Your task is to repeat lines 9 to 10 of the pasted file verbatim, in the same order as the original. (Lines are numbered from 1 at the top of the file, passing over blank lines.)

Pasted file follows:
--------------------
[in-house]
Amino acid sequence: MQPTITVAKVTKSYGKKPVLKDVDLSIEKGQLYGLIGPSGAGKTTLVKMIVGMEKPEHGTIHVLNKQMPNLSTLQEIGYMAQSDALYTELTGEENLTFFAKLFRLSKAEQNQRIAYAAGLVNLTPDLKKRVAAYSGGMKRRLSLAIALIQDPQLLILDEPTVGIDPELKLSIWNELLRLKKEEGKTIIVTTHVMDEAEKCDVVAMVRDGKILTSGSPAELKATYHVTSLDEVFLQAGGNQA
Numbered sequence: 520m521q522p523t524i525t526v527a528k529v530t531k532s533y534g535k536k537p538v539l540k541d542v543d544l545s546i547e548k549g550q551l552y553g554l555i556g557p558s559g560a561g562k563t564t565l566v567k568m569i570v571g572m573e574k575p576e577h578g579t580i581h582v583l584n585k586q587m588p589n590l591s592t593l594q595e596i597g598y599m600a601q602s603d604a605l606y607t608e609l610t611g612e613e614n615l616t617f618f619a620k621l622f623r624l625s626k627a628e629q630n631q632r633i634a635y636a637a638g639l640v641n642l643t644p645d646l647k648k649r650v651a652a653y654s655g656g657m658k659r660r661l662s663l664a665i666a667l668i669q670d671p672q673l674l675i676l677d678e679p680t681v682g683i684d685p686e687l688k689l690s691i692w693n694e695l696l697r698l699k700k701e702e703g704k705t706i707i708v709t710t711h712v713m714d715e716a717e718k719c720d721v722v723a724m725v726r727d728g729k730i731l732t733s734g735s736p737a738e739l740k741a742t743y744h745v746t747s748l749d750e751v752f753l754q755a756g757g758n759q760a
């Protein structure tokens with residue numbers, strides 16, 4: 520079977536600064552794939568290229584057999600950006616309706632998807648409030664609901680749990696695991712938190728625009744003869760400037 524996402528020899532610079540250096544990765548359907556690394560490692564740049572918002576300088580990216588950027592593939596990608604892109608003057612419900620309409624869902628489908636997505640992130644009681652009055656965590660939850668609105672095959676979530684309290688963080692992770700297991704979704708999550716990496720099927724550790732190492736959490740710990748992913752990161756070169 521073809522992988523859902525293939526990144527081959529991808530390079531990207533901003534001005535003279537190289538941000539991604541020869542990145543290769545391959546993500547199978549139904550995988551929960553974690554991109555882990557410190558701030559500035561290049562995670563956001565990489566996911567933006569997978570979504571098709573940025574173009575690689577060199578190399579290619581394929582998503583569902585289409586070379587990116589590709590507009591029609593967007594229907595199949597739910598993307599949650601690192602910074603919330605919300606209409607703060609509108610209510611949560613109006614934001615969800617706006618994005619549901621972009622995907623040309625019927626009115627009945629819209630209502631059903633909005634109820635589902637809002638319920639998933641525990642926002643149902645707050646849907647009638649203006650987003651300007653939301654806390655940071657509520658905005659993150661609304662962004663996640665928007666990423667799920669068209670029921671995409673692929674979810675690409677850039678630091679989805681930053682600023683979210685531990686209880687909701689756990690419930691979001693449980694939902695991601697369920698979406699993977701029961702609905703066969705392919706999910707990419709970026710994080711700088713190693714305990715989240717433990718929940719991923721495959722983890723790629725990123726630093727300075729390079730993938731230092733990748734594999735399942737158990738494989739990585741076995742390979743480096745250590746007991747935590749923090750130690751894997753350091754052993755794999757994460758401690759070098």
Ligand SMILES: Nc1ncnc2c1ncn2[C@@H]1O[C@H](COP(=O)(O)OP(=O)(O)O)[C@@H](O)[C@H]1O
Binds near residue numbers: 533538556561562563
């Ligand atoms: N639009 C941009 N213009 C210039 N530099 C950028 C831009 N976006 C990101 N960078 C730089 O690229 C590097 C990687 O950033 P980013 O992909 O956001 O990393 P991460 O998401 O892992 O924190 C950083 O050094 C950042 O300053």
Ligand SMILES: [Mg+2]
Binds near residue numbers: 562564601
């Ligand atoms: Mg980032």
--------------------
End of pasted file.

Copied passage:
Binds near residue numbers: 562564601
């Ligand atoms: Mg980032």